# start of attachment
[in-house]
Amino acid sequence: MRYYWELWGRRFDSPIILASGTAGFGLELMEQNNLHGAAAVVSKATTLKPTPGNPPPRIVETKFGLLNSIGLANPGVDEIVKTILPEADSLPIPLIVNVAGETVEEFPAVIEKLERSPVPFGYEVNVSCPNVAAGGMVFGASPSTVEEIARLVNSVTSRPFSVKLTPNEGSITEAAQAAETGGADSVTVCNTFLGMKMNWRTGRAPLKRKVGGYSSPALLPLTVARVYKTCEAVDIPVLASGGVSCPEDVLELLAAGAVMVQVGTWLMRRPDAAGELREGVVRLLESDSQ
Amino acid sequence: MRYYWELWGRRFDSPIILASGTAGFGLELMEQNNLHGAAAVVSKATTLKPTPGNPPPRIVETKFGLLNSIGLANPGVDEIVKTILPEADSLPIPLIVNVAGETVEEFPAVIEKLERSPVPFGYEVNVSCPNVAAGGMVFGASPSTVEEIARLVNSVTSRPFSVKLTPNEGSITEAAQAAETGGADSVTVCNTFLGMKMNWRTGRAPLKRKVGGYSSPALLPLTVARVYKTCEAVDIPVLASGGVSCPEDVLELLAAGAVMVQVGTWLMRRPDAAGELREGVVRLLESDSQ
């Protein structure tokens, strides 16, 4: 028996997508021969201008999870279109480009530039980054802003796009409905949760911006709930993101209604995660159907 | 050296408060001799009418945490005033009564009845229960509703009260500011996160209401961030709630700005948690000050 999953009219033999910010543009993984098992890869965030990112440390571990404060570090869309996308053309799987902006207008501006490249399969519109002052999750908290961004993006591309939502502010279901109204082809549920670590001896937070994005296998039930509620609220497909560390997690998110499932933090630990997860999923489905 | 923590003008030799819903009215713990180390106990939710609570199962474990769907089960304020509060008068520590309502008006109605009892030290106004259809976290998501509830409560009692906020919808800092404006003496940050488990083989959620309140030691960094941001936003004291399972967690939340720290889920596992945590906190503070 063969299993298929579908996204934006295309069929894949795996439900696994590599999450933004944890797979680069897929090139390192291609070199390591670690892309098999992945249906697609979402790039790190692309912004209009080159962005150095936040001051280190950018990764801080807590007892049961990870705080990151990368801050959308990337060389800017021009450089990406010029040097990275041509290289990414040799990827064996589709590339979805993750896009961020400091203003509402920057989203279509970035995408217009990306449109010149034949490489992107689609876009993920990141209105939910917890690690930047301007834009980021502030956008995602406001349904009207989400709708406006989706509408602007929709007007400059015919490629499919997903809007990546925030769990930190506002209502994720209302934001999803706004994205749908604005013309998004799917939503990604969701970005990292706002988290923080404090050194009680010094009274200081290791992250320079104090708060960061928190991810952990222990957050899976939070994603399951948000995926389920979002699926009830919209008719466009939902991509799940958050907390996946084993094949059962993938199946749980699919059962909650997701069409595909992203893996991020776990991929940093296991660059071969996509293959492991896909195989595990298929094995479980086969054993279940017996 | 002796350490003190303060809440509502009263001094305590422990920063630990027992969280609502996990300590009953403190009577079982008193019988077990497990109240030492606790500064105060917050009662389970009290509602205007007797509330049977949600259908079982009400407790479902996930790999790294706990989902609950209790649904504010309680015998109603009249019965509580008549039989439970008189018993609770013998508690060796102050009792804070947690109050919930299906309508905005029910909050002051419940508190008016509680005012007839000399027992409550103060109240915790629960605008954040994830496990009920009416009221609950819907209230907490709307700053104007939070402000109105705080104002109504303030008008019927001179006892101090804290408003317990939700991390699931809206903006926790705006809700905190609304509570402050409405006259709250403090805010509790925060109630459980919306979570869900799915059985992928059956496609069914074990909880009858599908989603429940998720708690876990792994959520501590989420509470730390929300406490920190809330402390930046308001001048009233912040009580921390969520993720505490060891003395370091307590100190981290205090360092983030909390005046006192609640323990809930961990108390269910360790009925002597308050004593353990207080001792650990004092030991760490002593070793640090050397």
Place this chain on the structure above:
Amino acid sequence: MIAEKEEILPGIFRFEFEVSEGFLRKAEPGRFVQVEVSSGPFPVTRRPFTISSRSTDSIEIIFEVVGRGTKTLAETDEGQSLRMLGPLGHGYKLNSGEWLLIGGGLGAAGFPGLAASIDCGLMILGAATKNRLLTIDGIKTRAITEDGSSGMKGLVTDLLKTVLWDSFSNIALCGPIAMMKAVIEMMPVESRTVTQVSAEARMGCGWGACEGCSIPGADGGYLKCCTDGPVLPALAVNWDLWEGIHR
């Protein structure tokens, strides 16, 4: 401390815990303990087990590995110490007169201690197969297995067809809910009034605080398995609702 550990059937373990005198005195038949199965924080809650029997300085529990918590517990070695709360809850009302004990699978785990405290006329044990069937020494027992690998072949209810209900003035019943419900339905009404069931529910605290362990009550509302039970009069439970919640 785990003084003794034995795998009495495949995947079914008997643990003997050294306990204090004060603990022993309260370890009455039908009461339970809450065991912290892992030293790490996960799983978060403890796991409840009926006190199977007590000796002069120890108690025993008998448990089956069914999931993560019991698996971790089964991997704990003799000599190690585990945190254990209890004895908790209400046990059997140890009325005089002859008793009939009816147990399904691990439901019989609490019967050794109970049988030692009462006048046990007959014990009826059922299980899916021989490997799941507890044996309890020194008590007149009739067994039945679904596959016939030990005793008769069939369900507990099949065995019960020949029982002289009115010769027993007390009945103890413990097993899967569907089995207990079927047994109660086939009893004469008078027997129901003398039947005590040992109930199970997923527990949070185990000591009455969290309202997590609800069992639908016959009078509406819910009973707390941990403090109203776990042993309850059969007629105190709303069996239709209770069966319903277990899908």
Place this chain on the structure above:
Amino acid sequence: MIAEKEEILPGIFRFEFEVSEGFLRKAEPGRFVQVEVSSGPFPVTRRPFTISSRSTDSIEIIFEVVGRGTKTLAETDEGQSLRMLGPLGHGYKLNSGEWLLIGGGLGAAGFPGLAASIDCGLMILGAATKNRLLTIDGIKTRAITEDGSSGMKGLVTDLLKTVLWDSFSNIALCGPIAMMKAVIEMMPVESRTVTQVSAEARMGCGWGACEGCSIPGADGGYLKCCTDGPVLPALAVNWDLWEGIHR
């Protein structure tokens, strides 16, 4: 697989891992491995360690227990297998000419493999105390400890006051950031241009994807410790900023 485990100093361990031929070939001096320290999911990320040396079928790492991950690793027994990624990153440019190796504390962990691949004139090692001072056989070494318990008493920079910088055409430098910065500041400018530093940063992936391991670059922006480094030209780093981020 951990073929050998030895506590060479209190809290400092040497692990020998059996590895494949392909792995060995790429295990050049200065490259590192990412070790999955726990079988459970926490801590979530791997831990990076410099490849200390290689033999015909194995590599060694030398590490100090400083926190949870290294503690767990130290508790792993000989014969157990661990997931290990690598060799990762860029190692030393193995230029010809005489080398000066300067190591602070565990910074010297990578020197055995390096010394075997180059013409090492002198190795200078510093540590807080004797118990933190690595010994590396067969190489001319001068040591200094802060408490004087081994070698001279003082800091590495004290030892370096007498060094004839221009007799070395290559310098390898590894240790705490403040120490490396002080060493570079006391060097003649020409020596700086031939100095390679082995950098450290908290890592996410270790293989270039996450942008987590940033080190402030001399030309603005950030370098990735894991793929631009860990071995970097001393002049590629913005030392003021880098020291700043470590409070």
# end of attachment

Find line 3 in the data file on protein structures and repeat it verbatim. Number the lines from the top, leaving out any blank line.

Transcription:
Amino acid sequence: MRYYWELWGRRFDSPIILASGTAGFGLELMEQNNLHGAAAVVSKATTLKPTPGNPPPRIVETKFGLLNSIGLANPGVDEIVKTILPEADSLPIPLIVNVAGETVEEFPAVIEKLERSPVPFGYEVNVSCPNVAAGGMVFGASPSTVEEIARLVNSVTSRPFSVKLTPNEGSITEAAQAAETGGADSVTVCNTFLGMKMNWRTGRAPLKRKVGGYSSPALLPLTVARVYKTCEAVDIPVLASGGVSCPEDVLELLAAGAVMVQVGTWLMRRPDAAGELREGVVRLLESDSQ